After weeks of bad news for Google Stadia, it should come as no surprise that it is a disappointment. Interestingly enough, Sean Hollister calls it the best of cloud gaming. Right now, it is, but that doesn't also mean it doesn't feel like a beta.
Sean's review is a must-read, if only to see just how much Google promised and just how little of that it actually delivered. It's a shame, really, because Google has some admirable technical achievements in this thing. A lot of the technical underpinnings here are sound — and with cloud gaming, you'd think that would be the hardest part. But Google seems to have whiffed everything else. And there is a lot of everything else.
The worst part in all of this is the creeping worry that Google isn't being entirely forthright about what the technical capabilities really are. Sean writes:
Did you notice that I wrote "4K" and "1080p" in scare quotes earlier? For days, I've been trying and failing to get Google to admit that its servers aren't actually rendering intensive games at what I would consider 4K.
The comparison photos between Google's "4K" and the 4K you get on a console or a local PC are striking. Max graphics settings, these are not.
It all needs to improve — and fast — before it sours everybody on cloud gaming all over again.
OnePlus makes powerful, feature-packed Android phones that cost a lot less than the latest devices from Google and Samsung. And ahead of Black Friday, you can save $150 on either the OnePlus 7 Pro, a big phone that has a 90Hz refresh rate display, or the OnePlus 6T, which is slightly older, but still plenty capable. Both are unlocked and will work with GSM carriers like AT&T and T-Mobile, as well as with Verizon.
I like that this is an open standard for speakers to communicate with each other and I hope it becomes a Standard standard instead of open but only LG uses it.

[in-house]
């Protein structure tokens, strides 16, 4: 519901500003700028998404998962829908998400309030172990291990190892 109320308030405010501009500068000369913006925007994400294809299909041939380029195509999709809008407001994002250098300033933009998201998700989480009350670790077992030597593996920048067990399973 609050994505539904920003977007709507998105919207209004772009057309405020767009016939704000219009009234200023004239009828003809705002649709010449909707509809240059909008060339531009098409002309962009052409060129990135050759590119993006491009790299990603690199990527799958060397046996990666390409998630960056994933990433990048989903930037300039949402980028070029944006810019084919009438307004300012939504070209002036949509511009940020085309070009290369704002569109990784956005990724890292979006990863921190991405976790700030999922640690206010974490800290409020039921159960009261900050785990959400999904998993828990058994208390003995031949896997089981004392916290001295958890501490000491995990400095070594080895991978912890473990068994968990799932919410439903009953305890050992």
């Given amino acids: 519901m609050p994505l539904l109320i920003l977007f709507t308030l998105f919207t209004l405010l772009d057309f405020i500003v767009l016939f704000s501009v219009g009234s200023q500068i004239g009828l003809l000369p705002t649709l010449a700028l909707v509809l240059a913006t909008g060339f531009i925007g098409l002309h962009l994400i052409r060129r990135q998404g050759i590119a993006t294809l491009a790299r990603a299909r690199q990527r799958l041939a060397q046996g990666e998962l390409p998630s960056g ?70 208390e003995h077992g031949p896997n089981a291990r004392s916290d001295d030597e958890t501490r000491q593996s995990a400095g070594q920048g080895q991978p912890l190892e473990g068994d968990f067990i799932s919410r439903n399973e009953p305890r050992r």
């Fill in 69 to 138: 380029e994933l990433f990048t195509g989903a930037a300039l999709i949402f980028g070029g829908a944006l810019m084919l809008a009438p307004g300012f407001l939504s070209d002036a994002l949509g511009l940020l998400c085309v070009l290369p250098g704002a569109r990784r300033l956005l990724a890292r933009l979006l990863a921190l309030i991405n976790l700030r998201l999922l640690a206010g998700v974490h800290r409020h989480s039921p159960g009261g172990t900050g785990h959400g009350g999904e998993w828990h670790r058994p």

Related: my biggest gripe with the smarthome is that Google, Amazon, Apple, and Sonos all have their own different systems for setting up your rooms. That should also be an open standard, such that these ecosystems are able to communicate with each other about your home's setup. It's probably a logistical (and security) nightmare, but I wish they'd try.
What a bizzare bug! I know it's Fall of Fail for software but I'm giving this one a pass.
The leading theory for why this problem arose is Pokemon Sword and Shield's constant search for nearby Switch consoles and players. The data they send out to detect Switches is apparently very close to Roku's own, and this familiar code is what threw a wrench into things.
Releasing your own camouflaged photos is a pretty thirsty move there, Bimmer. Wait does "bimmer" refer only to the car and not the company? Must be. Anyway, I am here for car companies competing on electric car announcement attention and can't wait for more actual electric car competition on the road itself.
I am not a huge fan of this $500 deposit thing? I get it registers real-ish intent -- or at least more real than just a regular sign up, but I bet a lot of people will end up bailing on the preorder. And the bit about this being a free loan to Ford is... not wrong. It doesn't sour me on the Mach-E, but something about it rubs me the wrong way.
Despite my love of puns, I am not on board with this name. I am on board with more small vehicle options for cities, however.
FUV stands for "fun utility vehicle," which is the name of the delightfully weird electric vehicle. (It's also Arcimoto's stock ticker.) My first thought was that it was a dad joke gone too far, but Frohnmayer corrects me: his own mother came up with the name.